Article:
From my perspective, although I’m nervous about this whole situation, I think signing Bautista to a long-term deal at this time makes the most sense. One, he’s not a one dimensional player. He has a plus arm, can play multiple positions, has decent speed, is an intelligent player and, as he showed in the last month of 2009 and throughout 2010 has a lot of power. So if he does tank at the plate in 2011 the Jays would be paying more than he’s worth but at least the player can contribute in other ways. As I mentioned above, if he continues to rake in 2011, the Jays get to pay him at what will turn out to be below market value and not risk losing him at the end of this year. Of course I’m gun shy on this one given the Jays recent history with inking players to long-term contracts but then again, I don’t have to pay Bautista’s salary.
On a final note, what the heck is Mark Zwolinski of the Toronto Star thinking? In today’s Star he write a column about the on-going negotiations between Bautista and the Jays but then at the end of the column he blows all his credibility by stating that:
1. Bautista is slated to play right field in 2011 (in reality, he’s pegged for 3B)
2. Encarnacion was re-signed to play third base (in reality, he’s pegged for DH/1B) and Juan Rivera acquired to play 1B (in reality, Lind is slated to play 1B with Rivera in right)
3. He makes a strange point that Scott Posednik is still available and that he’s more experienced as a lead-off hitter and base stealer than Rajai Davis (so the Jays should sign Posednik? That would give the Jays Rivera, Davis, Snider, Posednik in addition to supposed right fielder Bautista)
4. Maintains that despite any possible roster moves in the next few weeks, the Jays priority will be to keep Bautista in RF (this could be true if Bautista was actually slated to play right but everything being said thus far is that he’s slated to play 3B on opening day barring any moves to acquire an actual 3B not named Encarnacion)
It’s almost offensive to Blue Jays fans that this was even published. Clearly Zwolinski has not done his homework or been paying any attention to what has been going on this offseason. I hope the Star didn’t send him to Dunedin with Richard Griffin as he’d likely spend more time golfing than actually reporting on what is going on with the team.
Well since my last post last week regarding rumours that Carlos Pena was a target of the Blue Jays, a lot has happened.
Well Mr. Anthopolous has made a deal for Oakland’s Rajai Davis. This deal didn’t make me jump for joy but I think it was another good pick-up for the Blue Jays.
I’m not quite sure the exact impact Davis will have on the team as it’s not clear what Davis’ role will be. Will he be an everyday outfielder with Wells and Snider and bat lead-off? Or will he be the team’s fourth outfielder ala DeWayne Wise? Either way this is a positive addition for the Blue Jays because of Davis’ speed.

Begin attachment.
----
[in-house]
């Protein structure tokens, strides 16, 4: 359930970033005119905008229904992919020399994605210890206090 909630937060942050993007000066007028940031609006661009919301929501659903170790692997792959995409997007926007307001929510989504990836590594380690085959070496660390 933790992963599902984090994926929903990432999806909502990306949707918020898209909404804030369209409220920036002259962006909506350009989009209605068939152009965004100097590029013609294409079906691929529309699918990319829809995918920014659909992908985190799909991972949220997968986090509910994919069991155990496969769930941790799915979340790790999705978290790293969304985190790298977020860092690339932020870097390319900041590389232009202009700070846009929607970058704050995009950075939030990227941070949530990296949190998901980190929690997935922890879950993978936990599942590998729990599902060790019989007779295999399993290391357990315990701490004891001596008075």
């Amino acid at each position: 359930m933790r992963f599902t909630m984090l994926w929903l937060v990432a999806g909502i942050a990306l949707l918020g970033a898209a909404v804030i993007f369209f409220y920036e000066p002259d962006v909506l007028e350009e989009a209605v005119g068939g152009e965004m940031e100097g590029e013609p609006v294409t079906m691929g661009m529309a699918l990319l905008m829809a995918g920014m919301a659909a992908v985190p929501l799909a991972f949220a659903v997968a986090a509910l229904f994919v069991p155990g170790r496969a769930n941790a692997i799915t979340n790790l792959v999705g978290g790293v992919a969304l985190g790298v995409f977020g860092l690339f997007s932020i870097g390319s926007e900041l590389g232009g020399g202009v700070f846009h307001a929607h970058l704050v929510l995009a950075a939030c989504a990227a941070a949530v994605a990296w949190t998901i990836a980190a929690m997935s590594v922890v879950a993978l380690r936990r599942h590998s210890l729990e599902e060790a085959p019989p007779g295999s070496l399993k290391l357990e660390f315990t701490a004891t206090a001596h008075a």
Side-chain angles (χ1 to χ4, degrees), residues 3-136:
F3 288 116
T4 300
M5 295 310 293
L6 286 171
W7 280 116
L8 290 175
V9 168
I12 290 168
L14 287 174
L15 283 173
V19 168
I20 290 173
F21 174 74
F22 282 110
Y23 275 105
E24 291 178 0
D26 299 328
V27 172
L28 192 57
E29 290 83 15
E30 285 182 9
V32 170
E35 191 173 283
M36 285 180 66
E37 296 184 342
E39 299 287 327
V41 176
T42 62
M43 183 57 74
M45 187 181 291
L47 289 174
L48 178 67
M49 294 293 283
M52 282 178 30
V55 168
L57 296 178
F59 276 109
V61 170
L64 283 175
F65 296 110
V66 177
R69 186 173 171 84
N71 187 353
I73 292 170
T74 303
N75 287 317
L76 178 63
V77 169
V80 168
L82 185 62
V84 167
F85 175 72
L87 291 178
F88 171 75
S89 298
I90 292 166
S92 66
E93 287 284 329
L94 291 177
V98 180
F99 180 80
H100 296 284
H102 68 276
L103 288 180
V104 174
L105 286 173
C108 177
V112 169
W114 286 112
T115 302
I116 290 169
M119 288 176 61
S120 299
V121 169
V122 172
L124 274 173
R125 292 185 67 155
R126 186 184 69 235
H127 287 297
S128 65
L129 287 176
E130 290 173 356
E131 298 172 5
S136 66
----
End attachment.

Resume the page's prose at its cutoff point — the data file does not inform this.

The 2010 Blue Jays lacked speed, that was clearly evident. Fred Lewis provided some speed and guys like Bautista, Wells, Hill and Snider aren’t slow on the basepaths but there was no player who would, when on base, really provide a clear base-stealing threat. Davis will provide that.
If Davis is a starting outfielder on opening day, then Jose Bautista could become the team’s everyday third baseman. Not terrible as Bautista plays a decent hot corner. However, you lose Bautista’s arm in right.
If Davis is the fourth outfielder then there is still a hole a third base that will need to be filled.
Speculating at this point as to who will play third, or first next season is really fruitless as the offseason has just begun and AA has not finished making moves for 2011 so I will not elaborate any further.
We do know one thing and that is John Buck is no longer a Blue Jay. I liked Buck behind the plate last year and he did hit 20 homeruns but am glad the Jays did not re-sign him. The Marlins signed Buck to a reported 3-year, $18 million contract which is extremely high in my opinion. As was the case with Marco Scutaro last off season, it was best to let Buck go as there is little chance the Jays would get full value for the salary they would have to pay to retain him. The Jays have Jose Molina under contract for 2011 and it is hoped J.P. Arencibia can step into the starting catcher’s role.
I must say, I was a little frustrated in September when Cito kept inserting Buck into the line-up everyday so that he could reach 20 homeruns when Arencibia was left to rot on the bench. It did nothing for Arencibia’s development and left a bigger question mark as to whether Arencibia is ready for a starting catcher’s role at the big league level. Now Alex Anthopolous has to decide whether to hand the reigns over to Arencibia or go out and sign a guy like Miguel Olivo to platoon with Molina behind the plate.
It’s been a long time since my last entry, a really long time! What can I say, I lost my will to put the time into making this a quality blog. I found I was either going into too much detail about non-baseball related issues or getting too emotional after a Jays’ loss and ranting and/or calling players, coaches managers out for plays or decisions I did not agree with.
My wife also gave birth to my first child sixteen months ago and I found that between work and being a new parent, there just wasn’t enough time to make this a worthwhile blog.